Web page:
Yesterday Britain’s energy minister Amber Rudd made a big speech aimed at ‘resetting’ Britain’s energy policy. Coming good on the joint promises made during the election, one of the key aspects of the plan is to phase out coal entirely by 2025.
This, for a change, puts Britain ahead of the pack. As far as I’m aware no other industrialised nation has pledged to phase out coal completely. Not Germany, despite it’s much vaunted energy transition. Not France, despite the fact that it uses very little coal and could cut it out of its energy mix relatively easily. But if Britain sets a target to leave coal behind, others may well follow.
It’s quite right for Britain to lead on coal, because we led on discovering it and exploiting it in the first place. It was here that coal was first used at scale, with production ramping up in the 18th century as steam engines became available. It was the energy source that powered the industrial revolution, which we in time exported around the world. Britain pioneered the use of coke in blast furnaces, and invented the steam train. As demand grew, we developed the techniques for deep pit coal mining.
In other words, Britain gave the world coal. The ancient Chinese and the Romans used it a little, but it was Britain that discovered exactly what you could do with coal, just how much work you could get out of it. It was Britain that worked out to get it out of ground in big enough quantities to power industry, run the transport network, and warm the nation’s homes. And of course, in that legacy came the great unintended consequence of climate change. It’s not something we need to feel bad about, as nobody could have known at the time, but historically speaking Britain has done more to precipitate global climate change that anyone else.
All of which makes it very appropriate for Britain to lead on closing the coal era. To truly complete the circle, we’d have to be leading on renewable energy too. Before the industrial revolution, we had sailing ships, windmills, water wheels and biomass – we were powered by renewable energy. As we end the coal chapter, there would be something very satisfying about moving into a new age of renewable energy, returning to the original power sources with 21st century technologies.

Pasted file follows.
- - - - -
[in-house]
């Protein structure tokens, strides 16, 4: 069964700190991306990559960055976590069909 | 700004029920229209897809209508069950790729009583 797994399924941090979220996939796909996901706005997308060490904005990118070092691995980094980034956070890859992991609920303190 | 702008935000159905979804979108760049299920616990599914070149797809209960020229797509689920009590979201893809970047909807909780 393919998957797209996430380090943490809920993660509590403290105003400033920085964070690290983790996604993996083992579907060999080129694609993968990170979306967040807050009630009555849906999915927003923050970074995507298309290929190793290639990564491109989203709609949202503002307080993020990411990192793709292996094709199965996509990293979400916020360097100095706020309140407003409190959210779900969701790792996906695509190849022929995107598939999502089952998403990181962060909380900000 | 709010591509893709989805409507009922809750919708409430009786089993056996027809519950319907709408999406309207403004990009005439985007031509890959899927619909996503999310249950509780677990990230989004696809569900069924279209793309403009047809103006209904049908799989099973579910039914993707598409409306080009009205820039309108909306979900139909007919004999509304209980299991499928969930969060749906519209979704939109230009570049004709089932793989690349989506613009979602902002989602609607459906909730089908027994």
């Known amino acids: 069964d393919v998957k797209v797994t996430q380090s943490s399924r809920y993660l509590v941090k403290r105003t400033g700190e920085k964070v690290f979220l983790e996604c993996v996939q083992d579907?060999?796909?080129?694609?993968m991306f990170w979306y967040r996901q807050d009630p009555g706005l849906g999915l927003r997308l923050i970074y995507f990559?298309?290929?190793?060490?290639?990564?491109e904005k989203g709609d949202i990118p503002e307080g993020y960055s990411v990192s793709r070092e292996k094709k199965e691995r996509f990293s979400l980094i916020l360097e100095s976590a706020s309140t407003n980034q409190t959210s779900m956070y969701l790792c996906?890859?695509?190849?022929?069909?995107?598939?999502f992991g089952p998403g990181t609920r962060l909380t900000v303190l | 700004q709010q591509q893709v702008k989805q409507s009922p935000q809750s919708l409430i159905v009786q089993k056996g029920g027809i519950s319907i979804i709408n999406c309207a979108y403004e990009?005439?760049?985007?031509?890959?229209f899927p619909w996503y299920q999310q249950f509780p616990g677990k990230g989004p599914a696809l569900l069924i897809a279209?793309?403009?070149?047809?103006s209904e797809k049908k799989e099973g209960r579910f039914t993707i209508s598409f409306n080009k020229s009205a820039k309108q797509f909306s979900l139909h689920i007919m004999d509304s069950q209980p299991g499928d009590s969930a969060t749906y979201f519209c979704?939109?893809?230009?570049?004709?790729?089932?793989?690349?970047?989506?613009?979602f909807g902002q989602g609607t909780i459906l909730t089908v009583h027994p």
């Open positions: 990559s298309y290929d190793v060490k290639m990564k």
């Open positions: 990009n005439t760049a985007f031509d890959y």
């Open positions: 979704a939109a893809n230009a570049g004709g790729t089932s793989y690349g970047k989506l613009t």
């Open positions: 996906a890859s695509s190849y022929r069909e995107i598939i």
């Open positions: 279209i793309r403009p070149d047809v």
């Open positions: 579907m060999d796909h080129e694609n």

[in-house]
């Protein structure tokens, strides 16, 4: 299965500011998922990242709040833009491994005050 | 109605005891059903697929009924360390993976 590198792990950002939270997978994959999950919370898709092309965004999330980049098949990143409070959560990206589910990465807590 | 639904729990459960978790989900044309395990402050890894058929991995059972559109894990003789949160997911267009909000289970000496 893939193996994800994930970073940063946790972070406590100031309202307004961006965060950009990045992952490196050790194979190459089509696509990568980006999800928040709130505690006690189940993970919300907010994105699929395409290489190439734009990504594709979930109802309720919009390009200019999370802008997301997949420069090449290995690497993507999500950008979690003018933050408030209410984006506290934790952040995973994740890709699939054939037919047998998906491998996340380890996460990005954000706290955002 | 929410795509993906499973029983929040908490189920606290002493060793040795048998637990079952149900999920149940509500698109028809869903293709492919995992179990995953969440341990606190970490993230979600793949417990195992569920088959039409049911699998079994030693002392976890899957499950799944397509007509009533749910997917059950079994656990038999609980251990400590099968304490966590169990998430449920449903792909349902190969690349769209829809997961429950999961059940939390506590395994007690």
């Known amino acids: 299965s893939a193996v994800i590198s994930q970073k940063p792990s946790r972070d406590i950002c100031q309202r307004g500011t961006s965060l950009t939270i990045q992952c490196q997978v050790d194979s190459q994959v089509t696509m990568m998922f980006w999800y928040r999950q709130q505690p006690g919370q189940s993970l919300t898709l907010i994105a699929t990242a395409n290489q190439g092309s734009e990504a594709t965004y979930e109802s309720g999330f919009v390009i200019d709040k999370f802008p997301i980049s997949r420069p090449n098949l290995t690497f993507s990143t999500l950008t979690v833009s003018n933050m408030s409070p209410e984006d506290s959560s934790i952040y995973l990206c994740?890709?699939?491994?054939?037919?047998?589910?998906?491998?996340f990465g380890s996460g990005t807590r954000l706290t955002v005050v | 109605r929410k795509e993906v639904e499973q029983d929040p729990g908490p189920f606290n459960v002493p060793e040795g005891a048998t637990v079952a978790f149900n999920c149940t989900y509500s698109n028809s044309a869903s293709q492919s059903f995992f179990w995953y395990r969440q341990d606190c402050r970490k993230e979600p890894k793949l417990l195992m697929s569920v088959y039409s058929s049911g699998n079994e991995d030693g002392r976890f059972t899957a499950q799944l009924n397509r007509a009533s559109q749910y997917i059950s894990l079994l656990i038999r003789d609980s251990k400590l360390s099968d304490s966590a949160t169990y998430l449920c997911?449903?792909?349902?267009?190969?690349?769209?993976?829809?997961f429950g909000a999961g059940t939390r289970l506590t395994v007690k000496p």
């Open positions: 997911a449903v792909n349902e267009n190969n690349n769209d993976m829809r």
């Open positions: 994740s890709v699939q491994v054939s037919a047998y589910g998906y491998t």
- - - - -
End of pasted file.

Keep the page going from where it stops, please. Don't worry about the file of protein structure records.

Unfortunately that’s not the government’s vision, and if you’ve been following along, you’ll know how it goes. In Amber Rudd’s words, “new nuclear, new gas and, if costs come down, new offshore wind will all help us meet the challenge of decarbonisation.” The plan is to replace coal with gas, preferably from fracking. That will halve the emissions from current coal generation and would be a good bridge towards decarbonisation, except that the government seems to think it’s a destination in itself.
The government is also deeply committed to large scale solutions. “Climate change is a big problem,” says Rudd. “It needs big technologies.” Away with your solar panels and community energy. Give me a European mega-grid and the most expensive power station ever conceived. Ironically, the bigger the technology the more likely it is to need government support. The “tough on subsidies” and “no more blank cheques” rhetoric is directed entirely at renewable energy, even as new subsidies are being created for nuclear power. We’re not dealing with logic here, but with an ideology of ‘big is beautiful’ and a conservative suspicion of anything green.
This makes the government’s reset on energy policy a very confused and hypocritical one, riddled with inconsistencies. It is determined to keep costs down, but it rules out Britain’s cheapest energy source in onshore wind. It has no plan for energy efficiency, which would be the easiest way to reduce costs. It claims to be committed to free market principles and to removing government interference, but is shamelessly picking winners in nuclear power and fracking. It says that energy security “is the top priority”, but puts gas front and center. Of all our energy sources, gas is the most vulnerable to interruption – is Amber Rudd aware that we’re increasingly dependent on Russia for our gas imports? It’s an embarrassing shambles, to be honest.
But we have agreed to phase out coal, so we got halfway there. And that’s still worth celebrating. To get the rest of the way across the decarbonisation bridge, we’re going to need a political reset.